ray freed | remembering jack michelineI met the poet Jack Micheline in 1970 in New York City at Dr Generosity’s, a saloon at 73rd and Second on the East Side. I waited tables there and helped run a Sunday afternoon reading series and was editor and publisher of the Dr Generosity Press, which from 1969 through 1972 put out a number of books and broadsides of poetry.

Of all the poets who came through the Doctor’s doors, and the list is long and impressive, Jack was the only one who was a full time poet. I mean that’s all Jack did, be a poet. He had no regular job, didn’t teach, and at the time was sleeping on the subway. For drink and food Jack would take a poem or two in typescript, make copies, staple the pages inside a brown folder, and on the cover write the poem’s title with a marker. On the inside there was a cover page with the title and Jack’s signature and the edition number, like This Is Copy 3 Of A Limited Edition Of 10 Copies, again written by Jack with a marker. These productions he peddled for a few dollars each in saloons and on the street. Jack called them Midnight Special Editions.

At that time there were several saloons with regular poetry readings, uptown and downtown, The Tin Palace and St. Adrian’s among them. Jack always showed up for these events, and always, invited or not, got on stage and recited a piece or two. Never read, always recited. He knew all his poems by heart. Other poets carried briefcases stuffed with paper, Jack carried his poems in his head.

At some point in the early 70s Jack moved out to San Francisco and we kept in touch by mail. In 1975 I was involved in the production of a book of his, Street of Lost Fools. I lived in Westhampton and had a studio connected to the garage behind the house, where I drank and wrote and kept the pot belly stove cranked up to 80 degrees. One winter night I ran out of plugs of wood for the stove, there was snow on the ground outside where the woodpile sat, I was shirtless and drunk and dreaming myself in Hawaii. No way was I going to get bundled up to go out in the freeze and get wood, no way. So I fed 30 or 40 unbound copies of Jack’s book into the pot belly. The stove glowed. Never has any poet’s work given me such immediate satisfaction.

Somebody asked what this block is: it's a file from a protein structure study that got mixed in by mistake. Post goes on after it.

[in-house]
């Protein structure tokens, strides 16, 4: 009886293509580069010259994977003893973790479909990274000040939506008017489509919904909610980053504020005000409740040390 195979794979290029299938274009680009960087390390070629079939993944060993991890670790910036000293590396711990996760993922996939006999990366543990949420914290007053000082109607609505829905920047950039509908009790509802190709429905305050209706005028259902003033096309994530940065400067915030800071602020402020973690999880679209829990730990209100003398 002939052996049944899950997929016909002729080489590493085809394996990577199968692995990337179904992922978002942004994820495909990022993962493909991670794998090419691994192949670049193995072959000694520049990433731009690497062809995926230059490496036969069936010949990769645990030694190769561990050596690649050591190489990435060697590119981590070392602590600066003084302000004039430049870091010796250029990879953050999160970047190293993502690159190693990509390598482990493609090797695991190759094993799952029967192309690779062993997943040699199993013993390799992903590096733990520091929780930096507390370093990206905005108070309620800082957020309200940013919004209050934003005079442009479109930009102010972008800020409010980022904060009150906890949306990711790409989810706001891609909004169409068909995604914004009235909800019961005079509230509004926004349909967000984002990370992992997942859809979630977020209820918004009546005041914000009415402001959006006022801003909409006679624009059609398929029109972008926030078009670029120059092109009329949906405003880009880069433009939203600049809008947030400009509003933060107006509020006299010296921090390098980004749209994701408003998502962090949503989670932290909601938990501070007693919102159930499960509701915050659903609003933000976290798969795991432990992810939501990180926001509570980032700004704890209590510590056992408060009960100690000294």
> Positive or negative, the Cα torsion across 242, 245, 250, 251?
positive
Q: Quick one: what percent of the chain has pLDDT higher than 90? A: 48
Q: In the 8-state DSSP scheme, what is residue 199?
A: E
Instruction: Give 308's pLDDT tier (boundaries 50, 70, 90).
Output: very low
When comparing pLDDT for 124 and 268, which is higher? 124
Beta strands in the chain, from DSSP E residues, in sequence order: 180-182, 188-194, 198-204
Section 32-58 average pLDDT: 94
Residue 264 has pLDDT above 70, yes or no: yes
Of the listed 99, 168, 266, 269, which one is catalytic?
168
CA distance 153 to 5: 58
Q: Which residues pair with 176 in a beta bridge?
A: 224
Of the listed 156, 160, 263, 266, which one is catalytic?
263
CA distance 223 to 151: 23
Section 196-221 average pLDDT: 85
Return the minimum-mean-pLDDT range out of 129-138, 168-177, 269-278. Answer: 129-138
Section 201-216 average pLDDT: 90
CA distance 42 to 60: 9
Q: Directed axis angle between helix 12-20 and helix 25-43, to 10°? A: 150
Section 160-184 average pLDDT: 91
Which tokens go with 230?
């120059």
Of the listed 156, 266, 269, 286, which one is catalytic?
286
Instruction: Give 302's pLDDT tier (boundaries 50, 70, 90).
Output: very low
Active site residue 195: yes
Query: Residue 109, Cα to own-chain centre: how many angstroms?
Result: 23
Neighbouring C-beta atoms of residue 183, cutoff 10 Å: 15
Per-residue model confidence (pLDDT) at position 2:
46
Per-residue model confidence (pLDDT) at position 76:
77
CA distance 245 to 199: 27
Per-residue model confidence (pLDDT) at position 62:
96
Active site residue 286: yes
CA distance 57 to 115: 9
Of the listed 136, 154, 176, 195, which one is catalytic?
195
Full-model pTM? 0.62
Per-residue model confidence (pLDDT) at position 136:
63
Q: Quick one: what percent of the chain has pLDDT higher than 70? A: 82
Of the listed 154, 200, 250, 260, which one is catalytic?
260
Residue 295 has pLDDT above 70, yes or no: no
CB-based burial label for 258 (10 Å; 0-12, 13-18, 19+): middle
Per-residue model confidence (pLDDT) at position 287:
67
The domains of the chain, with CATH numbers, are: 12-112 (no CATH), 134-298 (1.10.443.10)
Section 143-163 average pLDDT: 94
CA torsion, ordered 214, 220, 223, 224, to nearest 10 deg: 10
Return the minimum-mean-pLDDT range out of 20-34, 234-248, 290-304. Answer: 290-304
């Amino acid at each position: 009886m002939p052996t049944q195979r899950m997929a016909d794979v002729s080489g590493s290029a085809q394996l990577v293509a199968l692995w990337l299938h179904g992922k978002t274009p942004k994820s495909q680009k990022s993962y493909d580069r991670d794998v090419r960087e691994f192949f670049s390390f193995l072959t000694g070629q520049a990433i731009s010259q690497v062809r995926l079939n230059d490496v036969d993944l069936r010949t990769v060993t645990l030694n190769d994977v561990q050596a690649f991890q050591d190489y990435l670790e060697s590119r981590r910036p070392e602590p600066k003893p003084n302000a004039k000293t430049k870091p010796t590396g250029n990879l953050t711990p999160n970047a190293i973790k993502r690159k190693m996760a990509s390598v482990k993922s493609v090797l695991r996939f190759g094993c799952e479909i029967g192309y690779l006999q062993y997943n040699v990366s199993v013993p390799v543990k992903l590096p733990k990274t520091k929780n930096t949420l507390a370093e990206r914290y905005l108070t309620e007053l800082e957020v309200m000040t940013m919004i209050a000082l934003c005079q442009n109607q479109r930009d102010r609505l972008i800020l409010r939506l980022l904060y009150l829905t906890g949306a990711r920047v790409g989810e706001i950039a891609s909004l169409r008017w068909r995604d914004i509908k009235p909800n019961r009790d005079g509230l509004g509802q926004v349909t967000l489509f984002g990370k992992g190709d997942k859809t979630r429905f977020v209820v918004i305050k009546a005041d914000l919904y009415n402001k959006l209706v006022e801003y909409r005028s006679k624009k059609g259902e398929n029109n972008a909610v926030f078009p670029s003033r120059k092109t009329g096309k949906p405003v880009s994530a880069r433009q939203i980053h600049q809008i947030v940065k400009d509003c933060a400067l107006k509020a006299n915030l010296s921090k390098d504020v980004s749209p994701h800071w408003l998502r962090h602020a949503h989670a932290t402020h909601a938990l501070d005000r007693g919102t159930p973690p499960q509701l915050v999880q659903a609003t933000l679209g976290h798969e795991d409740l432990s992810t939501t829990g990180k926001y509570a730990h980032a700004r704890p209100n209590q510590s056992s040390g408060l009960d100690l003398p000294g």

In 1980 I moved back to Hawaii and lost touch with Jack. I got sober and realized the book burning was a terrible thing to do. I had to make an amends to Jack, but I had no idea where he was. So I wrote this poem to him:

To The Poet Jack Micheline
On the Occasion of
Another Saloon Reading

This ain’t no Philharmonic Jack
no high walled box built
to amplify the lack which is
any tight wound string’s condition

no straight backed hall raised
to reassure the greedy fry
that increase of sound
equals the sum of the song

no tall structure stuffed
with poached fish eager
to bathe in the gentle rip
of your rough songs.

A tavern where no cultured poet
dares lay academic intestines bare
for fear of guts

a bar where no thought lives
whose truth is hidden
behind wooly words

a saloon where any poem
is only as good as a turn of the head,